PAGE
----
Almost 8,000 children have been singled out for “targeted intervention” as part of a pilot for the SNP’s controversial state guardian proposals, a Scottish newspaper has revealed.
The plans to assign every youngster a state-employed named person whom a top lawyer says could “cut across” the rights of parents, are being voted on for the final time later today in Holyrood.
The scheme has been trialled in the Highlands since 2010, and a council spokeswoman said 7,927 children have been given a ‘Child’s Plan’ by a head teacher or health visitor.
Before the trial began, there were just 64 children on the Child Protection at Risk register in the whole Highland Council Area.
Nick Pickles, Director of Big Brother Watch, said the figures from the Highlands suggest that “thousands of families are having their privacy interfered with on a daily basis”.
He said this “staggering” number should force the SNP to “abandon this increasingly authoritarian policy”.
The Christian Institute is campaigning against the SNP’s plans which come under the Children and Young People (Scotland) Bill.
The charity has written to senior law officers in Edinburgh and London urging them to refer the matter to the UK Supreme Court to decide whether it is legal for the Scottish Parliament to enact this Bill.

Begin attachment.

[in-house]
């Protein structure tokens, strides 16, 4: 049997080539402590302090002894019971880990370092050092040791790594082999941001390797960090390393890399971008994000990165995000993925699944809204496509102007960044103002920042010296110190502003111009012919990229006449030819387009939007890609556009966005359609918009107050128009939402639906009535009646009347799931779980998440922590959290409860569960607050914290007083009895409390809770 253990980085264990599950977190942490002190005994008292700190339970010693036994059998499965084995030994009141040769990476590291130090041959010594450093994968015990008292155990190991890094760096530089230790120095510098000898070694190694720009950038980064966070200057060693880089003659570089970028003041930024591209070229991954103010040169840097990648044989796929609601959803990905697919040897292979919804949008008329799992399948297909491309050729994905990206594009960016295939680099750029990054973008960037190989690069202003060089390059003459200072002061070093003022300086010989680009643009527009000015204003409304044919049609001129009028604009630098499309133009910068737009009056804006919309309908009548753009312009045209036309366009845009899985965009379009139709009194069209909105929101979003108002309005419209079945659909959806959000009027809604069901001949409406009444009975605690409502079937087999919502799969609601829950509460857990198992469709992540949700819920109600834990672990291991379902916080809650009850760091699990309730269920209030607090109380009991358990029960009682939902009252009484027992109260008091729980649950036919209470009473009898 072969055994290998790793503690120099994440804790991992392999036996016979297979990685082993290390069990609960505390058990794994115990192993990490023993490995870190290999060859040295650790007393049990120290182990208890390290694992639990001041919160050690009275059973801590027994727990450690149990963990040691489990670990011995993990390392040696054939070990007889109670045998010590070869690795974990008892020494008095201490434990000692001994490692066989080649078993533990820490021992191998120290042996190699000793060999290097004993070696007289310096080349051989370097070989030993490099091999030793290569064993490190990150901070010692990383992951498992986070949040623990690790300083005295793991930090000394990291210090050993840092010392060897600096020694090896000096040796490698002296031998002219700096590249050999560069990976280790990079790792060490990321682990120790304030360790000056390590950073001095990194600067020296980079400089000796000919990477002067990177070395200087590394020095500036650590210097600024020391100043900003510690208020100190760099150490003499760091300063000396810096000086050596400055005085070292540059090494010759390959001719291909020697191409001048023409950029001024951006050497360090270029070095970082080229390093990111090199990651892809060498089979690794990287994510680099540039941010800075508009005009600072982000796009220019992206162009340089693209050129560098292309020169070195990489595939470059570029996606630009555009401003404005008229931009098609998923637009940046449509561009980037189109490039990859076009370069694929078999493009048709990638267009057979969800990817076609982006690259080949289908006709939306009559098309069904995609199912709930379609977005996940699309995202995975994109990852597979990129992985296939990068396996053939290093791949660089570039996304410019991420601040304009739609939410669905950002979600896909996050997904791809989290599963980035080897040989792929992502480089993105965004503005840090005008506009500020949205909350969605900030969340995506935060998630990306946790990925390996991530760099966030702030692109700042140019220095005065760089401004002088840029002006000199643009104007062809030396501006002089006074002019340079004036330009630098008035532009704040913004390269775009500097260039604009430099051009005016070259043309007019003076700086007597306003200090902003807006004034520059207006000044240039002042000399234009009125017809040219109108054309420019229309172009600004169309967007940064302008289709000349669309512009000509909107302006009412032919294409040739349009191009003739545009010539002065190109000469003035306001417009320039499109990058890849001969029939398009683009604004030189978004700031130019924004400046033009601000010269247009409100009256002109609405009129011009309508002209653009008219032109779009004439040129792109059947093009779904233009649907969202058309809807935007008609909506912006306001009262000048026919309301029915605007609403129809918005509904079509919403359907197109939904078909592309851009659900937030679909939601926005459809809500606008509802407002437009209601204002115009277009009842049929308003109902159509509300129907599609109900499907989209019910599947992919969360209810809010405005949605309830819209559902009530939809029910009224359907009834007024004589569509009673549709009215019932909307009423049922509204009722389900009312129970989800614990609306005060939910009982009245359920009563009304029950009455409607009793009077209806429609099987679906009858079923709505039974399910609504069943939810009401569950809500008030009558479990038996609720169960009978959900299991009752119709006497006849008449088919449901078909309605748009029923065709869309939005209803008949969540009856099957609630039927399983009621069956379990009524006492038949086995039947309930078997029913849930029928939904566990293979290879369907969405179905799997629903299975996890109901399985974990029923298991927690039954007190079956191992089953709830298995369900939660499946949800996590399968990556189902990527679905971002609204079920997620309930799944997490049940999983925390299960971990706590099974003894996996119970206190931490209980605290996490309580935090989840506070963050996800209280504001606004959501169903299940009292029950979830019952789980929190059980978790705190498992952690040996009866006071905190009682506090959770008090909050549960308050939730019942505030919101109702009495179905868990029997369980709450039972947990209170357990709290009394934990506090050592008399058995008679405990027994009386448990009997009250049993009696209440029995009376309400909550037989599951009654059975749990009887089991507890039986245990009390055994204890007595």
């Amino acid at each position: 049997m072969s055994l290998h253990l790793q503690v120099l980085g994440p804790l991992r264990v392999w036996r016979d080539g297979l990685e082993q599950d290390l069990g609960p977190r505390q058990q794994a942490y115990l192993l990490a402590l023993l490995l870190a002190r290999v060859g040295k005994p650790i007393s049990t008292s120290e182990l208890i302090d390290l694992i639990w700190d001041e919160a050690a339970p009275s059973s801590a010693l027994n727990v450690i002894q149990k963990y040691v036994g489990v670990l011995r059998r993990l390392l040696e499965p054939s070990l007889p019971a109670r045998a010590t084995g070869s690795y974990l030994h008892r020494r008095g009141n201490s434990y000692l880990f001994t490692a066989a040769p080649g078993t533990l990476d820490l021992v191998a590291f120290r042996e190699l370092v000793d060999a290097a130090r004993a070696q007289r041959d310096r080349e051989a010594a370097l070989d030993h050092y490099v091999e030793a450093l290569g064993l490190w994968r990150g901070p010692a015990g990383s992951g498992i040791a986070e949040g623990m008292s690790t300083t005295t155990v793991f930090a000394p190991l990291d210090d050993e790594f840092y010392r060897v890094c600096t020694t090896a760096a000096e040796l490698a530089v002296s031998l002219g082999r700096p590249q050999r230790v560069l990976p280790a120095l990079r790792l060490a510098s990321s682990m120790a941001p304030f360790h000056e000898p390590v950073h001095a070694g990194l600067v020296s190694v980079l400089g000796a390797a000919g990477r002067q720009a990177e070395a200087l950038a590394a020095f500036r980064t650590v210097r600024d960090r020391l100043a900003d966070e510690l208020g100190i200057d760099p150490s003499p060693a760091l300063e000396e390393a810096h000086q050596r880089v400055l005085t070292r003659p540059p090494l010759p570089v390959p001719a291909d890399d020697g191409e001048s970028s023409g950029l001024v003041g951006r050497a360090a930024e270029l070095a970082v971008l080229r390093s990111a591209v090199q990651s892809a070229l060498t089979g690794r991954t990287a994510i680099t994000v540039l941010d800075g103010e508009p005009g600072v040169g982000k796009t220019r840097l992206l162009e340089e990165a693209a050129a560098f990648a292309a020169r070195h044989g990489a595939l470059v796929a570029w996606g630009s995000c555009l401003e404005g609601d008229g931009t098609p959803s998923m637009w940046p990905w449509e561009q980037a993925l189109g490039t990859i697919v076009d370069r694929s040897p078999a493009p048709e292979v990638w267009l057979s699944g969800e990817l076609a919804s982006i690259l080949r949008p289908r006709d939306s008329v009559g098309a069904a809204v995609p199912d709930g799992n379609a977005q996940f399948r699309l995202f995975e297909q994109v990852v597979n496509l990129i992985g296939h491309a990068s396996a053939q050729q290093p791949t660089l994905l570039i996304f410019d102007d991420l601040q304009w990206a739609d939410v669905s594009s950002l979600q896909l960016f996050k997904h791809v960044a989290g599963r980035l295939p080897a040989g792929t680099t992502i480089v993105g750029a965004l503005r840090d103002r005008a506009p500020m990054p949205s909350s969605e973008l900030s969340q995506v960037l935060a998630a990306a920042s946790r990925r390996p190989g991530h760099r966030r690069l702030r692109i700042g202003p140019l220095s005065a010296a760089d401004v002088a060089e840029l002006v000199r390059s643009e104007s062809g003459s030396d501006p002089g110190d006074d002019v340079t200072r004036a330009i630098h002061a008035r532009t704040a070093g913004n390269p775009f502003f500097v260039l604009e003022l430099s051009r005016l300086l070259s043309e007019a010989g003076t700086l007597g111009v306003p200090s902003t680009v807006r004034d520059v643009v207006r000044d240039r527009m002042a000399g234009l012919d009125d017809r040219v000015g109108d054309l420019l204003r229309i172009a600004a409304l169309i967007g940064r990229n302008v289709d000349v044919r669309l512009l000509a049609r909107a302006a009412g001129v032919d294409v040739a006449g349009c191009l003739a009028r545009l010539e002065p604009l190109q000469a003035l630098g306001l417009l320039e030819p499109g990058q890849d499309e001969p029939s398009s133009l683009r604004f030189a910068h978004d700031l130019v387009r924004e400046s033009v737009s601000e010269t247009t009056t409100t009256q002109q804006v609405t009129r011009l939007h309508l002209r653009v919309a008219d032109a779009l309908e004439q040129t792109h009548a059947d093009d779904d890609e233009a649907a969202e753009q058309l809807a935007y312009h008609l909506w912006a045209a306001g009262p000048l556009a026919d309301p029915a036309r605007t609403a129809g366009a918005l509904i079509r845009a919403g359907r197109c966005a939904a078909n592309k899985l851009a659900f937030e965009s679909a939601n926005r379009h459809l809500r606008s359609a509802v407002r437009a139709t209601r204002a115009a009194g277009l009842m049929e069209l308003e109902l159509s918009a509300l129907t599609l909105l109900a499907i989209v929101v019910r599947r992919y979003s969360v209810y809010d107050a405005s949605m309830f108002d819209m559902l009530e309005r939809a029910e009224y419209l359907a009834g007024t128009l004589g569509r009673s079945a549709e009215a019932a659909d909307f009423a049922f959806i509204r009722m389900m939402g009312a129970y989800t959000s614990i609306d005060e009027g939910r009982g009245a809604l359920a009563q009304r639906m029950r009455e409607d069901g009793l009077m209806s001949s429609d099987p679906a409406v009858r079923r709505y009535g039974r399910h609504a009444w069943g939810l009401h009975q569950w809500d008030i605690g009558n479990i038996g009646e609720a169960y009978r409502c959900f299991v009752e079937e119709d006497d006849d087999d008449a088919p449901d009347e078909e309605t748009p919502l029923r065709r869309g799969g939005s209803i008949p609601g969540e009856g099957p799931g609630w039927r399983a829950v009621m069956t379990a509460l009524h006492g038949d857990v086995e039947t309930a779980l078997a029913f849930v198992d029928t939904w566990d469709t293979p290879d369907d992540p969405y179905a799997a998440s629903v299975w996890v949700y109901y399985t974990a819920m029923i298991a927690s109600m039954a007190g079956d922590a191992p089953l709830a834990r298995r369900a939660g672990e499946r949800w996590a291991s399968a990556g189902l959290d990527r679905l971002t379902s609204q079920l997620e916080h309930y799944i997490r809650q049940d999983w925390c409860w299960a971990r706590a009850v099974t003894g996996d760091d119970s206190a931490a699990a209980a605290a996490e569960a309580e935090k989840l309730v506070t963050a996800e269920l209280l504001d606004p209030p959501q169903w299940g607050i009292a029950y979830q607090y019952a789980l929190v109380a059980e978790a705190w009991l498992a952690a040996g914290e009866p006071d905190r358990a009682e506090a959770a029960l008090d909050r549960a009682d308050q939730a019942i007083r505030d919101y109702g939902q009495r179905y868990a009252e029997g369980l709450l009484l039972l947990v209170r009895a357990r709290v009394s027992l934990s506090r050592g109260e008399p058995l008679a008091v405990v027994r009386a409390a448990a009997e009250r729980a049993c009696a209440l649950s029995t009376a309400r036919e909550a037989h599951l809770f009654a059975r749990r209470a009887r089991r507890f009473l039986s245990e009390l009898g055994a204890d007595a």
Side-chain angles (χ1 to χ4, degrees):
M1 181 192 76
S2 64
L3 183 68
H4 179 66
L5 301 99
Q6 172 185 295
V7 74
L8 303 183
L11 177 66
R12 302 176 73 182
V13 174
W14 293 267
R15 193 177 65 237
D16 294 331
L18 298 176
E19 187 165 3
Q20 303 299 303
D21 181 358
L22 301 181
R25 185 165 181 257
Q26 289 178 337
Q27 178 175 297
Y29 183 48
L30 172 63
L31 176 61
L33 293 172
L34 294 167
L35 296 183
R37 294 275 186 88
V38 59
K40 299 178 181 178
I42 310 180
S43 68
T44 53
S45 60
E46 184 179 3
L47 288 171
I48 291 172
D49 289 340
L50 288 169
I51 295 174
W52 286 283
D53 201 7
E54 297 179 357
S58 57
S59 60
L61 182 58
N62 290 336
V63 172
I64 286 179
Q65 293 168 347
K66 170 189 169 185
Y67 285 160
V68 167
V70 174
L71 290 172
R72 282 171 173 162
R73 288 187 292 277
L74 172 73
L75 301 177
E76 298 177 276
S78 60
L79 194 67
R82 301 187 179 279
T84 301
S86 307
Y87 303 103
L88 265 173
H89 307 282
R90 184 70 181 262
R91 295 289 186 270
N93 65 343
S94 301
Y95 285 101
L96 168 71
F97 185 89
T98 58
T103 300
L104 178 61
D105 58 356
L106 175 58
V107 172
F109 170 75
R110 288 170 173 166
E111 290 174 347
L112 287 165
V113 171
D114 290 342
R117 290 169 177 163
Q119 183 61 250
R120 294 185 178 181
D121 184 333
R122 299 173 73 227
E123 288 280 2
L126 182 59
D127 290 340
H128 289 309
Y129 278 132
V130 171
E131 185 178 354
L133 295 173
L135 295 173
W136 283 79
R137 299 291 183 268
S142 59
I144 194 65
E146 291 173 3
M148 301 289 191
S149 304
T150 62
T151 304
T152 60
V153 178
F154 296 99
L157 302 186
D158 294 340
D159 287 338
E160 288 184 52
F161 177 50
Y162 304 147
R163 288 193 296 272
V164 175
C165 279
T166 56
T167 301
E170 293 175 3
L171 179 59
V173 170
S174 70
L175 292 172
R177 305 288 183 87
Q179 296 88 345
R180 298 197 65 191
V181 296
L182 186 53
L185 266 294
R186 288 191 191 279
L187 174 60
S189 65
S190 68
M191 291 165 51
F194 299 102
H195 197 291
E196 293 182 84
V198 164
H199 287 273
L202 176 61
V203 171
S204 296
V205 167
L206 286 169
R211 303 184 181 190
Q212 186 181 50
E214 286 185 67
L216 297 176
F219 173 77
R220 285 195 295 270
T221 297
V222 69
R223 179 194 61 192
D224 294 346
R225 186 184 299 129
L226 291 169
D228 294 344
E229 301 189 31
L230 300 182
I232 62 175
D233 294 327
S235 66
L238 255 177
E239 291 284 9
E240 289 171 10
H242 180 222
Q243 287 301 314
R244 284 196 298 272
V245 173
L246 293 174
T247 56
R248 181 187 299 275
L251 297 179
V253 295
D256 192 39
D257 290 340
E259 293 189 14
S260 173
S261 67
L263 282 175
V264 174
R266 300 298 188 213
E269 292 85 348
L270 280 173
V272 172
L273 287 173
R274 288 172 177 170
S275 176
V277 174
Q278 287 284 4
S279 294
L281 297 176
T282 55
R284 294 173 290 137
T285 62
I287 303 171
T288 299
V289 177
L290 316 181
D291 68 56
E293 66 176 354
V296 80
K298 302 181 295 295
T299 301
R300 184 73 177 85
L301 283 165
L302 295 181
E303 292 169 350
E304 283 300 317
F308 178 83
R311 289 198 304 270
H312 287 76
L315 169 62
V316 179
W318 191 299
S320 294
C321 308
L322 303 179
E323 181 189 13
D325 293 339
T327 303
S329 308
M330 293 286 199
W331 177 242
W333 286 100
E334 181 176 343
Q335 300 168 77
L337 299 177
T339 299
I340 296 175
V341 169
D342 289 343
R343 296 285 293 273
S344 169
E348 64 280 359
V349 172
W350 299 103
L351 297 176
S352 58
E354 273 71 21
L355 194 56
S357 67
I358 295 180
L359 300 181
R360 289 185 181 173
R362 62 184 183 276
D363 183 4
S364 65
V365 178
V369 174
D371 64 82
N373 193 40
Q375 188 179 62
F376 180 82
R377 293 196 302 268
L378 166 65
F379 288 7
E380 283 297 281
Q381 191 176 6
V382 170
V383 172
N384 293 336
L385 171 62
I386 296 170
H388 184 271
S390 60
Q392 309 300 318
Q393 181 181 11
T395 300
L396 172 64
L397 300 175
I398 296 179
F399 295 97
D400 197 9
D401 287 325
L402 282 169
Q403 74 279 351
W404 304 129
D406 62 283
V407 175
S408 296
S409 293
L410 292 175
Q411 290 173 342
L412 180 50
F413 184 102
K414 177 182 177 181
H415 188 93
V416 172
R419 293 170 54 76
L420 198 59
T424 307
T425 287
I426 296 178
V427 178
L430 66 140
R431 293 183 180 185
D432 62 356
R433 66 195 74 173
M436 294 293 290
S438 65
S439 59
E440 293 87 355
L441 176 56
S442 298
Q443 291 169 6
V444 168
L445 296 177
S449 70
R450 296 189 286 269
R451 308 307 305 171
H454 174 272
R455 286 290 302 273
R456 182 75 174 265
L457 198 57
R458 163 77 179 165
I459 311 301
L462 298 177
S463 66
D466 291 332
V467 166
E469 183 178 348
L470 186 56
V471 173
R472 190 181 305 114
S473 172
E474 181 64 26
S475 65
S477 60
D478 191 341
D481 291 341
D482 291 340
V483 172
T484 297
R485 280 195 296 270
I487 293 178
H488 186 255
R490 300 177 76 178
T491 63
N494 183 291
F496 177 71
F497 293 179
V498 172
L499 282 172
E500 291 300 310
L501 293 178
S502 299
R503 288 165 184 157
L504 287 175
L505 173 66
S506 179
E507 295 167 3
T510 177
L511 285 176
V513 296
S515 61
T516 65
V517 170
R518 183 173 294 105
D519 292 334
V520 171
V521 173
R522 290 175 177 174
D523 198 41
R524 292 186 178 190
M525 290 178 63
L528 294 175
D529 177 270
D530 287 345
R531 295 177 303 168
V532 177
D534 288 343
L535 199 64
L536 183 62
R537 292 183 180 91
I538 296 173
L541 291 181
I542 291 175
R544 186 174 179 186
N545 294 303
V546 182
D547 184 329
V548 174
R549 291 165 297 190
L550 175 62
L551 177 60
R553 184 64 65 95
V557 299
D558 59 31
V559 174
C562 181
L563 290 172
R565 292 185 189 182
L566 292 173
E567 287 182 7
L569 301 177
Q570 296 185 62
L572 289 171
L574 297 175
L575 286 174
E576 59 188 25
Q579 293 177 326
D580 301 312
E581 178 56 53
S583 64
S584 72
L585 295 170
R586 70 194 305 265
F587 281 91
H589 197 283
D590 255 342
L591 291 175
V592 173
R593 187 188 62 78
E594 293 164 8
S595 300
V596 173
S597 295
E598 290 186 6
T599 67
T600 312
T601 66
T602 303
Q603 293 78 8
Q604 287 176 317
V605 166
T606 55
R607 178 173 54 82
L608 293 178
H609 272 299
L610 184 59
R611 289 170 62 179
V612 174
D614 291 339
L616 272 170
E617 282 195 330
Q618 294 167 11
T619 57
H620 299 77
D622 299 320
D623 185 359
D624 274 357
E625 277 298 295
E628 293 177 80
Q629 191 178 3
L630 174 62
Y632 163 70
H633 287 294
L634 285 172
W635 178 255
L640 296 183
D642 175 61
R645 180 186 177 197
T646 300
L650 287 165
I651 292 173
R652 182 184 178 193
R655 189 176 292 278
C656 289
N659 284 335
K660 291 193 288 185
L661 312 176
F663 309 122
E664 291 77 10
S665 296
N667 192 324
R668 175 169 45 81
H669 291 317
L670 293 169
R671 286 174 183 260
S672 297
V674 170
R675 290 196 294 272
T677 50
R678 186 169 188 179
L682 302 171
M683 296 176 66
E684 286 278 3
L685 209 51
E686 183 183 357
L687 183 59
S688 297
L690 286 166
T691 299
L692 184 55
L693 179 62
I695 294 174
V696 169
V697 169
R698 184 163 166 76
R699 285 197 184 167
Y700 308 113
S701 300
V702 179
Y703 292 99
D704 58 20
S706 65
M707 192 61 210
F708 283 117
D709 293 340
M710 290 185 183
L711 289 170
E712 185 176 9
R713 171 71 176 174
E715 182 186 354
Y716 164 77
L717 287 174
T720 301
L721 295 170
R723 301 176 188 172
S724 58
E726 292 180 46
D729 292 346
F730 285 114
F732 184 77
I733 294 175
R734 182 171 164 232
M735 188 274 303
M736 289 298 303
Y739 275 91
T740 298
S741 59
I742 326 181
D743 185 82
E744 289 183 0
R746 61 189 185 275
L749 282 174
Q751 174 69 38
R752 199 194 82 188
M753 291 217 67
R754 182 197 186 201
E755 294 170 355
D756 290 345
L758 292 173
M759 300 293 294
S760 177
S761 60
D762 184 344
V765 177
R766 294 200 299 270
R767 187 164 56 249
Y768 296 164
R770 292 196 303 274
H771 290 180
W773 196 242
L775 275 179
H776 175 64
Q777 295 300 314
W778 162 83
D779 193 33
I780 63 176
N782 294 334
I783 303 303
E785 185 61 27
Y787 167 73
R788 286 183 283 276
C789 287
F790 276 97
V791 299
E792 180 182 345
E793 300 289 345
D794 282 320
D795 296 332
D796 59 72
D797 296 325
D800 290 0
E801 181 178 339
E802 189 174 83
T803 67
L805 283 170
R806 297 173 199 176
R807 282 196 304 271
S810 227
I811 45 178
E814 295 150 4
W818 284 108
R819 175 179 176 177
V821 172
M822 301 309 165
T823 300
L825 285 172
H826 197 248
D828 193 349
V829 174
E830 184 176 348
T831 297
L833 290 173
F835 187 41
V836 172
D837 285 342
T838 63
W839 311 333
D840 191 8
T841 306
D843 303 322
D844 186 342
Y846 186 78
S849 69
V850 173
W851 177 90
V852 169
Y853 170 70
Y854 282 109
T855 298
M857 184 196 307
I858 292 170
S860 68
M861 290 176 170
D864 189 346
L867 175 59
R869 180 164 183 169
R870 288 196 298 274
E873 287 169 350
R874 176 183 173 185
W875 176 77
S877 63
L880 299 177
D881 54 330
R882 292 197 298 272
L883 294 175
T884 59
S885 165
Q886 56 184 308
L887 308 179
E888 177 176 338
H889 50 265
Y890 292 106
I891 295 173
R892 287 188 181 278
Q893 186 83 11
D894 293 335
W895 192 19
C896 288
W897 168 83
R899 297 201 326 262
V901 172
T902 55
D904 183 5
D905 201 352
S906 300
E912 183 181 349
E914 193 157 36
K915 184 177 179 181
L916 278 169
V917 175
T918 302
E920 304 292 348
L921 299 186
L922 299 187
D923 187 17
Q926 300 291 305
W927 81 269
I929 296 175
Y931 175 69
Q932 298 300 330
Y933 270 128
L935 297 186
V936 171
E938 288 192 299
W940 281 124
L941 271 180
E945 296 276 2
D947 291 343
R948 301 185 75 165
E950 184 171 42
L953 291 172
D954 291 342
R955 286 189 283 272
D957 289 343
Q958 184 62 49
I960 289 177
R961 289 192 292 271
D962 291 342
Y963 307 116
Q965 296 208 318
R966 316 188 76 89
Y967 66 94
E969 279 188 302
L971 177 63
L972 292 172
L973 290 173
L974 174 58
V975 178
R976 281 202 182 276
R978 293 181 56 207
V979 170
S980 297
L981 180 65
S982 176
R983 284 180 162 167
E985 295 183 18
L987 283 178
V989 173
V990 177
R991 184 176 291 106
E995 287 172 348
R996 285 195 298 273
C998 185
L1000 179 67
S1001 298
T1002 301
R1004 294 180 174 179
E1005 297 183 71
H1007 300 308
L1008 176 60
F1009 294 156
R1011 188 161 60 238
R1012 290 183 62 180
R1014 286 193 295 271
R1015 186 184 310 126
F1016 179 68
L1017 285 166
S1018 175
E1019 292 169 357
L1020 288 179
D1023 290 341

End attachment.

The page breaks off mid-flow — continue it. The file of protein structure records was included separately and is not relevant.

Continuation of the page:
Colin Hart, Director of The Christian Institute, said: “Senior politicians and the law officers have the powers to act as and when required. It is clear that this Bill breaches European rules through its attack on the family.
“It is nothing less than a state-sponsored, fundamental attack on ordinary parents and their rights to raise their children.”
The Christian Institute received a legal opinion from leading human rights lawyer Aidan O’Neill QC which said the scheme would have powers that “cut across” the rights of their parents.
He warned that the plans may not be compatible with the European Convention on Human Rights, which says the state should respect “private and family life”.
Tory MSP Liz Smith opposes the state guardian proposals and will attempt to introduce an opt-out clause for parents who do not want their child to have a named person when the Bill is debated and voted on in Holyrood later today.
Writing in the Scottish Daily Mail, she said the plan “threatens to take much-needed resources away from our most vulnerable children”.
The Church of Scotland has also warned that the named person scheme “diminishes the role of parents”, while the Evangelical Alliance Scotland say the plans raise “serious concerns about the role of the state in modern Scotland”.
But the heads of 13 children’s charities have told ministers they “strongly support” the principle, saying it puts into legislation the practice of a “more joined-up approach” which is already being rolled out across Scotland.